We were both in the fish kitchen doing fish prep.  At the time, our apprentice trainer group was having difficultly completing fish prep for the 15+ dolphins in our department in a timely fashion.  I was one of the worst culprits, which is another story in and of itself.    So our boss irritatedly told us we had to be done by a certain time, with zero mistakes, or else there would be serious consequences.  All of us young’uns bucked up and toiled endlessly to find ways to be more efficient, terrified we’d Get In Trouble.

My partner in crime and I had had some problems in fish prep that morning.  They resulted in us needing to thaw a totally frozen box of fish, which TAKES FOREVERRRRRR.

I couldn't help myself

Those problems would slow down any Fish House maverick, but threw us into a total panic.  Plus, one of the more experienced trainers was working that day, and she was TOUGH.  We respected her a lot, but she was a tough boss.  We definitely didn’t want to disappoint her.

When we’d finished weighing out the fish, we busted out cleaning the entire kitchen, walk-in fridge, and did breakout.  We watched the clock tick closer and closer to 9:00, knowing we couldn’t take any shortcuts with this task for the sake of the animal’s health.  And we knew that if we walked into our office late, we’d get in trouble, get written up, which would go on some mysterious Marine Mammal Trainer Permanent Record and we’d get blackballed from the field and wind up selling pinecones door to door for the rest of our lives.**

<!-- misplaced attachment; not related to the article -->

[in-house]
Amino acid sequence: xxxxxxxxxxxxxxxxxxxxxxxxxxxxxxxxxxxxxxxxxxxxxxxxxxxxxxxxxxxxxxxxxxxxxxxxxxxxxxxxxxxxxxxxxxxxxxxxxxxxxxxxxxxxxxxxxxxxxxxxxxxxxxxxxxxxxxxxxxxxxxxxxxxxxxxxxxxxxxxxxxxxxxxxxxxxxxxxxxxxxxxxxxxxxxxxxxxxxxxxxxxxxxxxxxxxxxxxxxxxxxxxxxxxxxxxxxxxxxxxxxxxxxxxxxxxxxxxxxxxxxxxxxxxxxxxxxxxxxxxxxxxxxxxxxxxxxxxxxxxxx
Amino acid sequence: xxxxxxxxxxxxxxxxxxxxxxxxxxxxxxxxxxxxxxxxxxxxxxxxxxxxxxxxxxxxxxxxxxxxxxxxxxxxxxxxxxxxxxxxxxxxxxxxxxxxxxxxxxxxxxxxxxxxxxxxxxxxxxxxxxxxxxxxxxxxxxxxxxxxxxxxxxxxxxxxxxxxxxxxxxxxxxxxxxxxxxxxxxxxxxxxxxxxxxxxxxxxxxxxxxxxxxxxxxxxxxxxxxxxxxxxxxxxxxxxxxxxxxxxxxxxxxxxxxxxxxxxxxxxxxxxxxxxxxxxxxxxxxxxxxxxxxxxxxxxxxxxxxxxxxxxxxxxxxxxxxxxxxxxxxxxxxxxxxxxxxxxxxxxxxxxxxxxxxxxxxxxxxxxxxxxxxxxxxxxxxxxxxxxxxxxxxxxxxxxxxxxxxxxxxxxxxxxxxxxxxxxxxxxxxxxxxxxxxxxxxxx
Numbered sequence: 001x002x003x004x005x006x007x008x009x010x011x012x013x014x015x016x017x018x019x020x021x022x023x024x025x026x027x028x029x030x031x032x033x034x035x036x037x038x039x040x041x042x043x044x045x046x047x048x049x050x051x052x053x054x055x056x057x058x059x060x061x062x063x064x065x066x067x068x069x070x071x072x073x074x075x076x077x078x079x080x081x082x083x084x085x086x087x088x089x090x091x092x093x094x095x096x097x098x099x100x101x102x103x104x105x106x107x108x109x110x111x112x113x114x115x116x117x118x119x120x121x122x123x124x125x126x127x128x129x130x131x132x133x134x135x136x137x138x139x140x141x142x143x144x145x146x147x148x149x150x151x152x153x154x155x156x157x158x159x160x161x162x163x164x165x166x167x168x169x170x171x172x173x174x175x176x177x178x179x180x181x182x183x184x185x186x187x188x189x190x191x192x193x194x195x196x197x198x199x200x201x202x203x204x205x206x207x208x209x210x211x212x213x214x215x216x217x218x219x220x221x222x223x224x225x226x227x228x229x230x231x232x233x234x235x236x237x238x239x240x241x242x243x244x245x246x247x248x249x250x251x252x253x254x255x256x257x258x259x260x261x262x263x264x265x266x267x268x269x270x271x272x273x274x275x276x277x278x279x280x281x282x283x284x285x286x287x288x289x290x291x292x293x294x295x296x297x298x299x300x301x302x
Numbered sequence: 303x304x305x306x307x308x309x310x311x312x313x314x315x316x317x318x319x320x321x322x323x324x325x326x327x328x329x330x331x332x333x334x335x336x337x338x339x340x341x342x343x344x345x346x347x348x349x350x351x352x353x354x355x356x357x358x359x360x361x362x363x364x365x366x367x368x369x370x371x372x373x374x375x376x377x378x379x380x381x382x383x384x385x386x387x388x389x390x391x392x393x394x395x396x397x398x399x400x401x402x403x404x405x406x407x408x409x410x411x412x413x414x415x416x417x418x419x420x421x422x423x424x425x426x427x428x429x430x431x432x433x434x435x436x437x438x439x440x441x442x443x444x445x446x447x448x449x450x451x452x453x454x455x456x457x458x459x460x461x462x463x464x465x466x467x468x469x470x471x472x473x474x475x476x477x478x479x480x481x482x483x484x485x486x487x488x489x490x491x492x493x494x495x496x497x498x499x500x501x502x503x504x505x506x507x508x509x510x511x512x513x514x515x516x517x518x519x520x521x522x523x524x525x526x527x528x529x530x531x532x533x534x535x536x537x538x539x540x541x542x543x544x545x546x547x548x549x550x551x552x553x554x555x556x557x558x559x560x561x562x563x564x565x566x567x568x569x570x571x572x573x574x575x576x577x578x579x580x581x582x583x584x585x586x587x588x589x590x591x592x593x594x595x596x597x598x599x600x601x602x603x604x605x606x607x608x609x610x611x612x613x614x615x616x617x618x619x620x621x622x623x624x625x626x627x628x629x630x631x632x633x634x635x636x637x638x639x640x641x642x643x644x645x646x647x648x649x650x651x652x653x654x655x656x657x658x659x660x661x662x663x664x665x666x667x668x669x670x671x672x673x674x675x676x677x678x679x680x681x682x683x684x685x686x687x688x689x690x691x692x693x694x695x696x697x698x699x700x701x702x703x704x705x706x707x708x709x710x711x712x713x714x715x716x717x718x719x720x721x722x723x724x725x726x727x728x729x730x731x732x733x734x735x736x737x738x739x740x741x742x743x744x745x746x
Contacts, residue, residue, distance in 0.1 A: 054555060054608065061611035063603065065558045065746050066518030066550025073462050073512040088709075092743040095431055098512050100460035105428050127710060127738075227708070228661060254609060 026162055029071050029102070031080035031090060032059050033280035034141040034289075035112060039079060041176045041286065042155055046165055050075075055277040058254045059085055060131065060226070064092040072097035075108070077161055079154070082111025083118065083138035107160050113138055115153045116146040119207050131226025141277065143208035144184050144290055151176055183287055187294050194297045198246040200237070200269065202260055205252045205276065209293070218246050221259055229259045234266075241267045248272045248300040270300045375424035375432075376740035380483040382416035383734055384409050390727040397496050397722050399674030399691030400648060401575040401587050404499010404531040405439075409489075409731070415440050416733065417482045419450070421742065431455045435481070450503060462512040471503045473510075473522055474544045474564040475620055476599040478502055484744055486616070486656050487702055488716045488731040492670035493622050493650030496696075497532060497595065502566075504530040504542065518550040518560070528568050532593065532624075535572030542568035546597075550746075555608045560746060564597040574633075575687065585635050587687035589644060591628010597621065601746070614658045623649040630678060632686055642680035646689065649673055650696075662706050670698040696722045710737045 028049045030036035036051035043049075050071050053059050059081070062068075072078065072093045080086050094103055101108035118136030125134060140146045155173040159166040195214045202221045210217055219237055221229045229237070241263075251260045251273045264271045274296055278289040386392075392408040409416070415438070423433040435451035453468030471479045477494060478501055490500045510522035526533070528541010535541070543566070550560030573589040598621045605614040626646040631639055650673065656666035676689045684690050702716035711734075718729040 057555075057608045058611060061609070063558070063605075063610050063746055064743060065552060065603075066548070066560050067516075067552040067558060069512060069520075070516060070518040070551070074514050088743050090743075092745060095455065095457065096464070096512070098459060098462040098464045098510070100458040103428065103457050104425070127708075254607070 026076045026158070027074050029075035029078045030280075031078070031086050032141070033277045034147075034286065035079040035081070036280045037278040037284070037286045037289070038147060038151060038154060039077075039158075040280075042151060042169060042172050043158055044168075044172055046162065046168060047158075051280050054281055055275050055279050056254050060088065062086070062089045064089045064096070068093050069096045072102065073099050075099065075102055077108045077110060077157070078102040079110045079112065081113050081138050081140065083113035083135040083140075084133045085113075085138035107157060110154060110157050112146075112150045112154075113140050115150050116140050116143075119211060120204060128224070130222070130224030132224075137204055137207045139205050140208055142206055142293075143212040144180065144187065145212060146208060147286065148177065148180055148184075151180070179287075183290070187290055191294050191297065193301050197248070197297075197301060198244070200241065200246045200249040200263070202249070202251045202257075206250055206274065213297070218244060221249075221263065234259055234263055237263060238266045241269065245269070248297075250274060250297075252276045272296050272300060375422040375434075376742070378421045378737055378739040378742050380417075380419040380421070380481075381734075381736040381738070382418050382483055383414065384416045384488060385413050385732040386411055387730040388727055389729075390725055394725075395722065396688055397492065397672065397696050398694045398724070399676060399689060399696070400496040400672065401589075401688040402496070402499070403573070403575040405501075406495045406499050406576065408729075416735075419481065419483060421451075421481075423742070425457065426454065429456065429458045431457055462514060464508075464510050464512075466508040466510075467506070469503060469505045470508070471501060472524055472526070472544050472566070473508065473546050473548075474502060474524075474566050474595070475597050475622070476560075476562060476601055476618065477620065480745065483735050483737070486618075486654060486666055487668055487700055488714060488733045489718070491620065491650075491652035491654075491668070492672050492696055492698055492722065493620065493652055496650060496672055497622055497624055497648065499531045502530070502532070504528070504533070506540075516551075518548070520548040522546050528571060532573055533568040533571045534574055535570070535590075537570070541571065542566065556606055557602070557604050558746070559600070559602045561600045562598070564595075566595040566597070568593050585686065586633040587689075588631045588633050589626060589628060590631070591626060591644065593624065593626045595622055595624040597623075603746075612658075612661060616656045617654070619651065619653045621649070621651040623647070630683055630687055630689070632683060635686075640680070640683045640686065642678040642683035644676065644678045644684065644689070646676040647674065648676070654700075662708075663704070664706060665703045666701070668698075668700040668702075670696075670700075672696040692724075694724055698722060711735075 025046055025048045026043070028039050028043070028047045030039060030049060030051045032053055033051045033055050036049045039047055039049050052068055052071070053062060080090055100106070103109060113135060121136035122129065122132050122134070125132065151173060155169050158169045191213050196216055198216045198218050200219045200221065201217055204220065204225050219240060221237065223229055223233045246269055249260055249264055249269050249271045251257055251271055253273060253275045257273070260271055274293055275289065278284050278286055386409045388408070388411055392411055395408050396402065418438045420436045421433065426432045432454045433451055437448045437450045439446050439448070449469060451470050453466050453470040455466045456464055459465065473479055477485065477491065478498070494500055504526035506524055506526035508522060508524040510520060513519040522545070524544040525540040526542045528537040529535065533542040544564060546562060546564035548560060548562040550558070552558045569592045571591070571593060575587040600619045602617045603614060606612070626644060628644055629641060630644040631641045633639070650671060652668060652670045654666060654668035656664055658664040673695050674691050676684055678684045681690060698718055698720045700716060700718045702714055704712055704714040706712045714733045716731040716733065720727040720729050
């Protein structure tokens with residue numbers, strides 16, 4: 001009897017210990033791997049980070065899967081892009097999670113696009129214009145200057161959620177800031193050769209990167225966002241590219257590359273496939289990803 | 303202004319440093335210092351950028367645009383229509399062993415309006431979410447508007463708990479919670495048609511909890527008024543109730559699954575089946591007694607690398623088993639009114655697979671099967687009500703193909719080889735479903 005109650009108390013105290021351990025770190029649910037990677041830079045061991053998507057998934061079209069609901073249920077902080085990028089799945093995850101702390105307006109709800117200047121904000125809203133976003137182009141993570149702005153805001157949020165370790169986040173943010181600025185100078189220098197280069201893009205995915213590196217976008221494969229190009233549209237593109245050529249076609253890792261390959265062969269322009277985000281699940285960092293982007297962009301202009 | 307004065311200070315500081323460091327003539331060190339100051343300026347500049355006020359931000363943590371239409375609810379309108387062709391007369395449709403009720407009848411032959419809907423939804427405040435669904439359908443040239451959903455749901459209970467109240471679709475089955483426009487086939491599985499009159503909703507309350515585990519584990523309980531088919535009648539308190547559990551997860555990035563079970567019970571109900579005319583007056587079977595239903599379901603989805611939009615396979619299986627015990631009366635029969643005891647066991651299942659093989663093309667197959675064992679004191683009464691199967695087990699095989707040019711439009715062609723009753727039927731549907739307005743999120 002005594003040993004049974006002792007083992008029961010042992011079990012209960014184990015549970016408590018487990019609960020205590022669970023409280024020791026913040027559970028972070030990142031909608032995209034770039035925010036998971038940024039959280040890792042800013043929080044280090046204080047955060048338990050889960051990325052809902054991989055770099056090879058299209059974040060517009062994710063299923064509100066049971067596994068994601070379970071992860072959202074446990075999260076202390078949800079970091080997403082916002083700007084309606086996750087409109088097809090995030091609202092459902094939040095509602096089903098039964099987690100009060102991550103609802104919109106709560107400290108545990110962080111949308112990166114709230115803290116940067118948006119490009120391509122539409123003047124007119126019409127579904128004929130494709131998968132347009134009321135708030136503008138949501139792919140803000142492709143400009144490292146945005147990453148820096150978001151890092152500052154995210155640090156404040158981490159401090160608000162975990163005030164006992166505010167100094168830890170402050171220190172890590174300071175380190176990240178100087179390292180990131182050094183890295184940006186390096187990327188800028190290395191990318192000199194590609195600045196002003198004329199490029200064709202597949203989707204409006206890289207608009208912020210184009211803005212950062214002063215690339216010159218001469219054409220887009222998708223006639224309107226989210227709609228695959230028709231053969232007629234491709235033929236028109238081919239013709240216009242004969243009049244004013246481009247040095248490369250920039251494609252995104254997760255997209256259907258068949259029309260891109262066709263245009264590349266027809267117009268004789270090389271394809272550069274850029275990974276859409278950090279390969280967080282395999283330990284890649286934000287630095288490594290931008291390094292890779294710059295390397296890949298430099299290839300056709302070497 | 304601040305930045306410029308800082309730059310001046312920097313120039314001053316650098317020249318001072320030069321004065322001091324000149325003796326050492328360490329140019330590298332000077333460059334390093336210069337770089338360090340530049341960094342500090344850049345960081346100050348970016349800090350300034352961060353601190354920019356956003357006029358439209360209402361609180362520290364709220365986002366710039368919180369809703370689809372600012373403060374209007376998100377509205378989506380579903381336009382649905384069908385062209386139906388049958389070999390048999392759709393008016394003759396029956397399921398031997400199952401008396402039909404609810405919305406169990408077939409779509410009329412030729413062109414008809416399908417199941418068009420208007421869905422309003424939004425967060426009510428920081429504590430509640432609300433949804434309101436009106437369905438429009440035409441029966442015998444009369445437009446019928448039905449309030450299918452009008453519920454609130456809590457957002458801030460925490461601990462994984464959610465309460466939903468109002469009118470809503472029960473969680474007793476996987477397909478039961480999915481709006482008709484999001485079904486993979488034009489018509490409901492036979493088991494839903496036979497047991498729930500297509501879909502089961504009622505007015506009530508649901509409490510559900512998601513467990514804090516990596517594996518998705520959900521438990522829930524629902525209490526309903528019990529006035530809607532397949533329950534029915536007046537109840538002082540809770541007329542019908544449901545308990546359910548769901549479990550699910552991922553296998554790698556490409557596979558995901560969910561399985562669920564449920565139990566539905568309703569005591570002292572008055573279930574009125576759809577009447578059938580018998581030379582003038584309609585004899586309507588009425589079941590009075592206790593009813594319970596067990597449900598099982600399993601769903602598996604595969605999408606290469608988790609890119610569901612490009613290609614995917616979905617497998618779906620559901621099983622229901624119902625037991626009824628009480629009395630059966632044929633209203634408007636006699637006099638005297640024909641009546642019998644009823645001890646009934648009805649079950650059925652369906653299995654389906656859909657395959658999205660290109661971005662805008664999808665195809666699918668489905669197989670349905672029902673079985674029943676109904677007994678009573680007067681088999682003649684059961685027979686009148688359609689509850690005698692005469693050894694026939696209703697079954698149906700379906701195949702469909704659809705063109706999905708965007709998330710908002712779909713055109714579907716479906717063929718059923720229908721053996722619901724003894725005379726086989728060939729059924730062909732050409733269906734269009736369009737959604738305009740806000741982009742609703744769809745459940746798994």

But! A miracle occurred! We finished all of the cleaning.  Our pride with our task gleamed brighter than the sheen on the stainless steel sinks.  Not an item was out of place. All of the fish was weighed and sorted properly, and we had two minutes to spare.  One hundred and twenty glorious seconds to bask in our accomplishment, or so we thought.

There was a thermometer, like an old school one.

...just in case you forgot what a thermometer looks like.

We had to clean it.  And luckily, we had two full minutes to do so.

I don’t recall the process of cleaning it.  What I do recall is cleaning it, and then watching it decide to join in holy matrimony my arch nemesis: Gravity.  The thin, glass tube rolled gracefully out of my hand and plummeted onto the tile floor, shattering and scattering glass and its innards across the floor.

My coworker and I stared at one another in Utter Terror.  

If this had happened to us today, this is how the resulting conversation would’ve gone:

Me: Oh bummer.  I dropped the thermometer.

Coworker: Haha! You klutz.  Well, we better clean it up.